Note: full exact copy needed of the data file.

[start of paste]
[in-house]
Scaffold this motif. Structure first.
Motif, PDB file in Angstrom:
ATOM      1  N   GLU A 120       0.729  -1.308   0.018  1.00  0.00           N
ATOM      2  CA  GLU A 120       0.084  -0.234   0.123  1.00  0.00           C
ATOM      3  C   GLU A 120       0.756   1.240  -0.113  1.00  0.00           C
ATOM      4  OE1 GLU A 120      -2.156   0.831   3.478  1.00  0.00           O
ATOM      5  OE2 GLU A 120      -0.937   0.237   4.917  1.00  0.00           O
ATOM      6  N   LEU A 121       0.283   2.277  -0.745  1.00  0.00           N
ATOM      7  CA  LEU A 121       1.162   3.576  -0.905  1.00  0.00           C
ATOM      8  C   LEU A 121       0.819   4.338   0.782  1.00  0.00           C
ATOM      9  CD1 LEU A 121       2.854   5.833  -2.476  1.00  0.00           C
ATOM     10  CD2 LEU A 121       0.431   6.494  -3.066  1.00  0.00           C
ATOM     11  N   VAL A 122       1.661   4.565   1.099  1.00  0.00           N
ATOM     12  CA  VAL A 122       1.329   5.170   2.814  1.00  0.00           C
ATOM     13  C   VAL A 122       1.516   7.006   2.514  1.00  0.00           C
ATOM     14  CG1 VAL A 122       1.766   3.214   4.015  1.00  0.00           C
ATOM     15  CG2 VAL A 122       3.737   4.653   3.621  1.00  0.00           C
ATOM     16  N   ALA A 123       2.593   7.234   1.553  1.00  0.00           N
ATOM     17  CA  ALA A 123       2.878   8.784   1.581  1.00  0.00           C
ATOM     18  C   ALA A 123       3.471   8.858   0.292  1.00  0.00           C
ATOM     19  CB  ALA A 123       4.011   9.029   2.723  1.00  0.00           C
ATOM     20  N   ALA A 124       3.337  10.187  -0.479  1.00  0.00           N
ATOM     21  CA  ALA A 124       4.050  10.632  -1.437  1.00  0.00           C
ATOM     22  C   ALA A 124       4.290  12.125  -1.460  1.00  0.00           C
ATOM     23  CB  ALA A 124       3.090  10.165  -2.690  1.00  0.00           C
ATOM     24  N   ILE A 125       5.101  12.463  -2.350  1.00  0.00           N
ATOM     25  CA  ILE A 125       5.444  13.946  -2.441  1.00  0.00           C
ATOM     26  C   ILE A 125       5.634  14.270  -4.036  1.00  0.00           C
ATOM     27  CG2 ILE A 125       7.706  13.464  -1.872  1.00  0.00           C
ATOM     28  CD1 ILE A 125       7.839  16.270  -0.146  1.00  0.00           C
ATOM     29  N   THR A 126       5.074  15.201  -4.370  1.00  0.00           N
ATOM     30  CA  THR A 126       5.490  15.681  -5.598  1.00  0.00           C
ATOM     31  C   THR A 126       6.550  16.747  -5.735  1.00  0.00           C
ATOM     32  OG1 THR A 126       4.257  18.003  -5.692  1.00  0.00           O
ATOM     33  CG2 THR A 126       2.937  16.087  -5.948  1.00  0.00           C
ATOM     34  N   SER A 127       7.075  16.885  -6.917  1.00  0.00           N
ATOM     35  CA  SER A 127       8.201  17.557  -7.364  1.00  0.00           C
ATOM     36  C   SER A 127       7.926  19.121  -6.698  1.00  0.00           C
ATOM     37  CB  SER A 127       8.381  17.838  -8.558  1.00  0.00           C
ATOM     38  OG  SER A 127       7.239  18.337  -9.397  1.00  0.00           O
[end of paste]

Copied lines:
[in-house]
Scaffold this motif. Structure first.
Motif, PDB file in Angstrom:
ATOM      1  N   GLU A 120       0.729  -1.308   0.018  1.00  0.00           N
ATOM      2  CA  GLU A 120       0.084  -0.234   0.123  1.00  0.00           C
ATOM      3  C   GLU A 120       0.756   1.240  -0.113  1.00  0.00           C
ATOM      4  OE1 GLU A 120      -2.156   0.831   3.478  1.00  0.00           O
ATOM      5  OE2 GLU A 120      -0.937   0.237   4.917  1.00  0.00           O
ATOM      6  N   LEU A 121       0.283   2.277  -0.745  1.00  0.00           N
ATOM      7  CA  LEU A 121       1.162   3.576  -0.905  1.00  0.00           C
ATOM      8  C   LEU A 121       0.819   4.338   0.782  1.00  0.00           C
ATOM      9  CD1 LEU A 121       2.854   5.833  -2.476  1.00  0.00           C
ATOM     10  CD2 LEU A 121       0.431   6.494  -3.066  1.00  0.00           C
ATOM     11  N   VAL A 122       1.661   4.565   1.099  1.00  0.00           N
ATOM     12  CA  VAL A 122       1.329   5.170   2.814  1.00  0.00           C
ATOM     13  C   VAL A 122       1.516   7.006   2.514  1.00  0.00           C
ATOM     14  CG1 VAL A 122       1.766   3.214   4.015  1.00  0.00           C
ATOM     15  CG2 VAL A 122       3.737   4.653   3.621  1.00  0.00           C
ATOM     16  N   ALA A 123       2.593   7.234   1.553  1.00  0.00           N
ATOM     17  CA  ALA A 123       2.878   8.784   1.581  1.00  0.00           C
ATOM     18  C   ALA A 123       3.471   8.858   0.292  1.00  0.00           C
ATOM     19  CB  ALA A 123       4.011   9.029   2.723  1.00  0.00           C
ATOM     20  N   ALA A 124       3.337  10.187  -0.479  1.00  0.00           N
ATOM     21  CA  ALA A 124       4.050  10.632  -1.437  1.00  0.00           C
ATOM     22  C   ALA A 124       4.290  12.125  -1.460  1.00  0.00           C
ATOM     23  CB  ALA A 124       3.090  10.165  -2.690  1.00  0.00           C
ATOM     24  N   ILE A 125       5.101  12.463  -2.350  1.00  0.00           N
ATOM     25  CA  ILE A 125       5.444  13.946  -2.441  1.00  0.00           C
ATOM     26  C   ILE A 125       5.634  14.270  -4.036  1.00  0.00           C
ATOM     27  CG2 ILE A 125       7.706  13.464  -1.872  1.00  0.00           C
ATOM     28  CD1 ILE A 125       7.839  16.270  -0.146  1.00  0.00           C
ATOM     29  N   THR A 126       5.074  15.201  -4.370  1.00  0.00           N
ATOM     30  CA  THR A 126       5.490  15.681  -5.598  1.00  0.00           C
ATOM     31  C   THR A 126       6.550  16.747  -5.735  1.00  0.00           C
ATOM     32  OG1 THR A 126       4.257  18.003  -5.692  1.00  0.00           O
ATOM     33  CG2 THR A 126       2.937  16.087  -5.948  1.00  0.00           C
ATOM     34  N   SER A 127       7.075  16.885  -6.917  1.00  0.00           N
ATOM     35  CA  SER A 127       8.201  17.557  -7.364  1.00  0.00           C
ATOM     36  C   SER A 127       7.926  19.121  -6.698  1.00  0.00           C
ATOM     37  CB  SER A 127       8.381  17.838  -8.558  1.00  0.00           C
ATOM     38  OG  SER A 127       7.239  18.337  -9.397  1.00  0.00           O